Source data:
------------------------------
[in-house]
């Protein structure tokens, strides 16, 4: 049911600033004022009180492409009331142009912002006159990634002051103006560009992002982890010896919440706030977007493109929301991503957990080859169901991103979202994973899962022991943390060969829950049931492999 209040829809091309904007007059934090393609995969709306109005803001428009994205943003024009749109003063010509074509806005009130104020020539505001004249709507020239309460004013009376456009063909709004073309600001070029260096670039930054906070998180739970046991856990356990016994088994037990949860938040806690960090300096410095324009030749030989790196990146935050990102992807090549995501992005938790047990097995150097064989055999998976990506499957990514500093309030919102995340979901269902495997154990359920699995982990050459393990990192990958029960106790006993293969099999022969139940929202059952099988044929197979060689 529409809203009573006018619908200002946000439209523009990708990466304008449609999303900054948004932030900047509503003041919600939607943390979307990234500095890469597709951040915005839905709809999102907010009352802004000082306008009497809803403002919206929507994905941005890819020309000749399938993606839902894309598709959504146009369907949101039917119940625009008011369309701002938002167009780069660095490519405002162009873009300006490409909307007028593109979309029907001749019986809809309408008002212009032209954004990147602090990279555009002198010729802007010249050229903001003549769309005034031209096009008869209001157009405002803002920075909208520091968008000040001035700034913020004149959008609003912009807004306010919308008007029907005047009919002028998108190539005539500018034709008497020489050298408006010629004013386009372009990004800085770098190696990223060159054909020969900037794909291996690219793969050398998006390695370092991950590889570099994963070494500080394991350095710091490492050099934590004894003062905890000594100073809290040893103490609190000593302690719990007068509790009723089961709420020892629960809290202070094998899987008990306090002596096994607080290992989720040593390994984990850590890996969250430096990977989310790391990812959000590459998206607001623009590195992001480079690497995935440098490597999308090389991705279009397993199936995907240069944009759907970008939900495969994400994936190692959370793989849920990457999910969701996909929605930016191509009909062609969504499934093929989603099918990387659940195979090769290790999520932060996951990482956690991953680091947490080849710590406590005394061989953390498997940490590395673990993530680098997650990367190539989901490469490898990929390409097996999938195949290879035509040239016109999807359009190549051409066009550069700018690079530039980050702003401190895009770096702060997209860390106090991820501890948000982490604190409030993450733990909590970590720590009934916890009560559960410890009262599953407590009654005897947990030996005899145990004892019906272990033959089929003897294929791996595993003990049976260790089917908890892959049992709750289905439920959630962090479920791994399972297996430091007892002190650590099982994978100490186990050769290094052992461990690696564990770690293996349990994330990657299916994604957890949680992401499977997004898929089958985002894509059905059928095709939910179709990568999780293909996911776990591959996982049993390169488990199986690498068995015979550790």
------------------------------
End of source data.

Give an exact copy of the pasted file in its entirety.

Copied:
[in-house]
């Protein structure tokens, strides 16, 4: 049911600033004022009180492409009331142009912002006159990634002051103006560009992002982890010896919440706030977007493109929301991503957990080859169901991103979202994973899962022991943390060969829950049931492999 209040829809091309904007007059934090393609995969709306109005803001428009994205943003024009749109003063010509074509806005009130104020020539505001004249709507020239309460004013009376456009063909709004073309600001070029260096670039930054906070998180739970046991856990356990016994088994037990949860938040806690960090300096410095324009030749030989790196990146935050990102992807090549995501992005938790047990097995150097064989055999998976990506499957990514500093309030919102995340979901269902495997154990359920699995982990050459393990990192990958029960106790006993293969099999022969139940929202059952099988044929197979060689 529409809203009573006018619908200002946000439209523009990708990466304008449609999303900054948004932030900047509503003041919600939607943390979307990234500095890469597709951040915005839905709809999102907010009352802004000082306008009497809803403002919206929507994905941005890819020309000749399938993606839902894309598709959504146009369907949101039917119940625009008011369309701002938002167009780069660095490519405002162009873009300006490409909307007028593109979309029907001749019986809809309408008002212009032209954004990147602090990279555009002198010729802007010249050229903001003549769309005034031209096009008869209001157009405002803002920075909208520091968008000040001035700034913020004149959008609003912009807004306010919308008007029907005047009919002028998108190539005539500018034709008497020489050298408006010629004013386009372009990004800085770098190696990223060159054909020969900037794909291996690219793969050398998006390695370092991950590889570099994963070494500080394991350095710091490492050099934590004894003062905890000594100073809290040893103490609190000593302690719990007068509790009723089961709420020892629960809290202070094998899987008990306090002596096994607080290992989720040593390994984990850590890996969250430096990977989310790391990812959000590459998206607001623009590195992001480079690497995935440098490597999308090389991705279009397993199936995907240069944009759907970008939900495969994400994936190692959370793989849920990457999910969701996909929605930016191509009909062609969504499934093929989603099918990387659940195979090769290790999520932060996951990482956690991953680091947490080849710590406590005394061989953390498997940490590395673990993530680098997650990367190539989901490469490898990929390409097996999938195949290879035509040239016109999807359009190549051409066009550069700018690079530039980050702003401190895009770096702060997209860390106090991820501890948000982490604190409030993450733990909590970590720590009934916890009560559960410890009262599953407590009654005897947990030996005899145990004892019906272990033959089929003897294929791996595993003990049976260790089917908890892959049992709750289905439920959630962090479920791994399972297996430091007892002190650590099982994978100490186990050769290094052992461990690696564990770690293996349990994330990657299916994604957890949680992401499977997004898929089958985002894509059905059928095709939910179709990568999780293909996911776990591959996982049993390169488990199986690498068995015979550790």